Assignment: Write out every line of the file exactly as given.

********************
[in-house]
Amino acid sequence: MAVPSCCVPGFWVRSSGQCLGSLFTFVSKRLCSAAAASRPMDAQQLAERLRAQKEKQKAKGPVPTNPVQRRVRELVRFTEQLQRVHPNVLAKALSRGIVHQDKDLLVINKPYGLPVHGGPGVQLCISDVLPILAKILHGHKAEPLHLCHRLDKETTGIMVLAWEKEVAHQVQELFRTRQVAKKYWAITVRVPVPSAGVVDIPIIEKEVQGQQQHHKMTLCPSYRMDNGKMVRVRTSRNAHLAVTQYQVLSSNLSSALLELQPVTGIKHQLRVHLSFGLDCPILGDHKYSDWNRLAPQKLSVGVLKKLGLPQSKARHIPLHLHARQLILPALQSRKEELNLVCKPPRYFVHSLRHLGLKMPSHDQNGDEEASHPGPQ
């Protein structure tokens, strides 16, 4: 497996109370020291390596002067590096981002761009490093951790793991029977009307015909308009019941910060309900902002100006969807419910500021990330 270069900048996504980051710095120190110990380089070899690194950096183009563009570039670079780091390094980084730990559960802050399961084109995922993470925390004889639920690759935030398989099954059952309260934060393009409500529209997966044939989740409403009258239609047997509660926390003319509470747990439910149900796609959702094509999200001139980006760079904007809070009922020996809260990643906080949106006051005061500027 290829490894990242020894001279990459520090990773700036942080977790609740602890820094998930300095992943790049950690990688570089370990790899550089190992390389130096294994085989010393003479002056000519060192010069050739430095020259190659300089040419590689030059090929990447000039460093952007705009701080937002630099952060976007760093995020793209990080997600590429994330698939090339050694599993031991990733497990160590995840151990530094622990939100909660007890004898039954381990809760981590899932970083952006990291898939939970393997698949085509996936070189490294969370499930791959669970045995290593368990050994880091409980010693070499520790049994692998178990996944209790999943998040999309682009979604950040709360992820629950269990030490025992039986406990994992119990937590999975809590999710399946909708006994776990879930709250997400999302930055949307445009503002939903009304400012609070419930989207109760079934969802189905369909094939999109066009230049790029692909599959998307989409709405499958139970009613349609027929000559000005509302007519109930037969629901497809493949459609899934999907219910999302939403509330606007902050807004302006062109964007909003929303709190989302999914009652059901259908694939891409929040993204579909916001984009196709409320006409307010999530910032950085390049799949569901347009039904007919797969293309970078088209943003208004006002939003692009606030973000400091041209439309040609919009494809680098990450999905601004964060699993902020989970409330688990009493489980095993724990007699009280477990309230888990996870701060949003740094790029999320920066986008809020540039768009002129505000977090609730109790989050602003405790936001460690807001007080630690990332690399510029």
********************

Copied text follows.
[in-house]
Amino acid sequence: MAVPSCCVPGFWVRSSGQCLGSLFTFVSKRLCSAAAASRPMDAQQLAERLRAQKEKQKAKGPVPTNPVQRRVRELVRFTEQLQRVHPNVLAKALSRGIVHQDKDLLVINKPYGLPVHGGPGVQLCISDVLPILAKILHGHKAEPLHLCHRLDKETTGIMVLAWEKEVAHQVQELFRTRQVAKKYWAITVRVPVPSAGVVDIPIIEKEVQGQQQHHKMTLCPSYRMDNGKMVRVRTSRNAHLAVTQYQVLSSNLSSALLELQPVTGIKHQLRVHLSFGLDCPILGDHKYSDWNRLAPQKLSVGVLKKLGLPQSKARHIPLHLHARQLILPALQSRKEELNLVCKPPRYFVHSLRHLGLKMPSHDQNGDEEASHPGPQ
């Protein structure tokens, strides 16, 4: 497996109370020291390596002067590096981002761009490093951790793991029977009307015909308009019941910060309900902002100006969807419910500021990330 270069900048996504980051710095120190110990380089070899690194950096183009563009570039670079780091390094980084730990559960802050399961084109995922993470925390004889639920690759935030398989099954059952309260934060393009409500529209997966044939989740409403009258239609047997509660926390003319509470747990439910149900796609959702094509999200001139980006760079904007809070009922020996809260990643906080949106006051005061500027 290829490894990242020894001279990459520090990773700036942080977790609740602890820094998930300095992943790049950690990688570089370990790899550089190992390389130096294994085989010393003479002056000519060192010069050739430095020259190659300089040419590689030059090929990447000039460093952007705009701080937002630099952060976007760093995020793209990080997600590429994330698939090339050694599993031991990733497990160590995840151990530094622990939100909660007890004898039954381990809760981590899932970083952006990291898939939970393997698949085509996936070189490294969370499930791959669970045995290593368990050994880091409980010693070499520790049994692998178990996944209790999943998040999309682009979604950040709360992820629950269990030490025992039986406990994992119990937590999975809590999710399946909708006994776990879930709250997400999302930055949307445009503002939903009304400012609070419930989207109760079934969802189905369909094939999109066009230049790029692909599959998307989409709405499958139970009613349609027929000559000005509302007519109930037969629901497809493949459609899934999907219910999302939403509330606007902050807004302006062109964007909003929303709190989302999914009652059901259908694939891409929040993204579909916001984009196709409320006409307010999530910032950085390049799949569901347009039904007919797969293309970078088209943003208004006002939003692009606030973000400091041209439309040609919009494809680098990450999905601004964060699993902020989970409330688990009493489980095993724990007699009280477990309230888990996870701060949003740094790029999320920066986008809020540039768009002129505000977090609730109790989050602003405790936001460690807001007080630690990332690399510029």